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"The flu is making a comeback;" doctors encouraging those feeling sick to stay home, wear a mask

After a mild flu season in 2020-2021, doctors are watching flu cases as we continue to battle the omicron variant

CLEVELAND — Amid the masking, social distancing, canceled events and slower travel in the winter of 2020 into 2021, flu cases were extremely low nationwide. Now, with more events and establishments back up and running, doctors are seeing flu cases begin to creep up again.

“The flu is making a comeback. It’s nowhere near as scary or as widespread as COVID, but it’s still out there and it can cause a lot of damage,” said Dr. David Margolius, division director of Internal Medicine at MetroHealth.

According to data from the CDC, there were just over 4,500 cases of the flu reported from U.S. clinical labs in the week ending December 18, 2021. Two weeks prior, about 2,300 cases were reported.

“Our flu cases are going up, up, up. It’s not going up exponentially, it’s nothing unusual, it’s not like we’re having a crazy flu season,” said Dr. Amy Edwards, pediatric infectious disease specialist at University Hospitals Rainbow Babies and Children’s Hospital. “But as we get into flu season, especially on the pediatric side, we start to see kids needing to come into the hospital, usually in January and February is when we start to see that peak in influenza activity, both on the pediatric and adult side.”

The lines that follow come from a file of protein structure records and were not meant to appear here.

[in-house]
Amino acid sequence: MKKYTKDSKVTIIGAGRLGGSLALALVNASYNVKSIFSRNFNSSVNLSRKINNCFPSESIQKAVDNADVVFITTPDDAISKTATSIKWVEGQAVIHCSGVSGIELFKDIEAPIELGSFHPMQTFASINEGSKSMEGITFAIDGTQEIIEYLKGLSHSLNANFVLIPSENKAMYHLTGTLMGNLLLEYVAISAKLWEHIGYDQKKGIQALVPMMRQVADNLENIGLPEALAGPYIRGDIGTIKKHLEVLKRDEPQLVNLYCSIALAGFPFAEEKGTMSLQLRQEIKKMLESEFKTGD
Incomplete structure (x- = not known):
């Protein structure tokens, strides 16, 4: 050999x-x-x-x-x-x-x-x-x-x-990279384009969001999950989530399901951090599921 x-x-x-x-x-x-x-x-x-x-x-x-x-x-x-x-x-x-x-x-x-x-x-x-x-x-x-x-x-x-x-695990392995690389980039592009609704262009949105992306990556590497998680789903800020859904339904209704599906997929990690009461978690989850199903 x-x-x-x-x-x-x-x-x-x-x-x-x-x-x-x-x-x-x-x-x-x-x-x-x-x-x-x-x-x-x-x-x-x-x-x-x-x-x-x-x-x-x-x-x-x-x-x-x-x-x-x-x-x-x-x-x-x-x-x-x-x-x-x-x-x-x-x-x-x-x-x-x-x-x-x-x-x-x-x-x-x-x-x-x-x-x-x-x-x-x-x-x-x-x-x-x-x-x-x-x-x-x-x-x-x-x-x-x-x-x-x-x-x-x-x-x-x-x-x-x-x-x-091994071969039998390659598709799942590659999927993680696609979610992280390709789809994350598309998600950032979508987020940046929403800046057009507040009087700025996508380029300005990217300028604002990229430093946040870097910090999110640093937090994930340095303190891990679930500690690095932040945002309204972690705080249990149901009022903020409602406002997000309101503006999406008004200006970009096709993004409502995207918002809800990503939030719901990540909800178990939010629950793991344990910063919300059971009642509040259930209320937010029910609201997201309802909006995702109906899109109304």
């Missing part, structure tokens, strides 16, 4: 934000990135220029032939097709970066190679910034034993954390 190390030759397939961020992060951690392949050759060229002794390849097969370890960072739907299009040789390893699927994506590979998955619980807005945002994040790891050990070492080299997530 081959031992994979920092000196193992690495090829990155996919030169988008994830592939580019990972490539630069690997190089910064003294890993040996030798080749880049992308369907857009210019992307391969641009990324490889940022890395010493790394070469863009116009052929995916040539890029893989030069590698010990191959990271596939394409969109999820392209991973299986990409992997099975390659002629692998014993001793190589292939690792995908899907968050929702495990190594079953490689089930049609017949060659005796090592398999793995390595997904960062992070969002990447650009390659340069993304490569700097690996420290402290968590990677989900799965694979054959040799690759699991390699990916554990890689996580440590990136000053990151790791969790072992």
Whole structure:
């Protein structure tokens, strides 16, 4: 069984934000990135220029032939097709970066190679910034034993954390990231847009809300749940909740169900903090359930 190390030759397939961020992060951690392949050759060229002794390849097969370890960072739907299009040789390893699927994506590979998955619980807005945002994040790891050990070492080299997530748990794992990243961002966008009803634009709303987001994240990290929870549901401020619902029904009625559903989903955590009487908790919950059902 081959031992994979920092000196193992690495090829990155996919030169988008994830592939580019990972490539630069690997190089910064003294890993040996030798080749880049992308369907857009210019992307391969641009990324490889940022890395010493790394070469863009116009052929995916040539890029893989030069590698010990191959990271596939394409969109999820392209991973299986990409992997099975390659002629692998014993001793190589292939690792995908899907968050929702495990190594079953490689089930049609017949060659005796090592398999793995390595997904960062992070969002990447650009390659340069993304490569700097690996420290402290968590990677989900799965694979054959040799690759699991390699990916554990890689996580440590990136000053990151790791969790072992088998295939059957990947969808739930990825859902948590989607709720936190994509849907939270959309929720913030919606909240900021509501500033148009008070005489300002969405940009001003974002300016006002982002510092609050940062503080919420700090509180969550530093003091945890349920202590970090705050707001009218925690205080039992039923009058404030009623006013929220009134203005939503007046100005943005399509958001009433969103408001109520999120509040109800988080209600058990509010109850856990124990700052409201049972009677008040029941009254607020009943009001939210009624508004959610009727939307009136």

In a normal, non-COVID year, the flu can keep hospitals busy in the winter months.

“Every winter all of our local hospitals get overwhelmed with the high number of people with the flu in the hospital,” said Dr. Margolius. “January, February, and sometimes March are especially tough months for us.”

While doctors are not currently seeing anything out of the ordinary with flu activity, they say the potential of a “normal” flu season through the winter could further strain the hospital system.

“Healthcare is not a limitless resource, there are limits to what we can provide,” said Dr. Edwards. “If omicron continues to stretch things to and past capacity, and then we have a normal flu season, that could be really bad.”

“We’re in a really tough situation if more and more get the flu on top of all the people who have COVID right now, it’ll definitely put a huge strain on the system,” said Dr. Margolius.

The Ohio Department of Health has reported 13 flu-associated hospitalizations so far in Northeast Ohio this flu season. Compare that to seven during last year’s flu season, and 2,702 during the 2019-2020 flu season.

Both doctors said the flu and COVID can present similar symptoms, such as cough, shortness of breath, muscle aches, headaches, and sore throat. If you feel any of these symptoms, it’s best to play it safe.

“If you have any symptoms of a contagious viral respiratory illness, do everybody a favor and stay home and wear a mask until you feel better,” said Dr. Margolius.

Flu season typically ends in early spring, and while the season is currently underway, both doctors said it is not too late to get a flu shot. They also suggested taking precautions such as mask-wearing and social distancing to stay safe.

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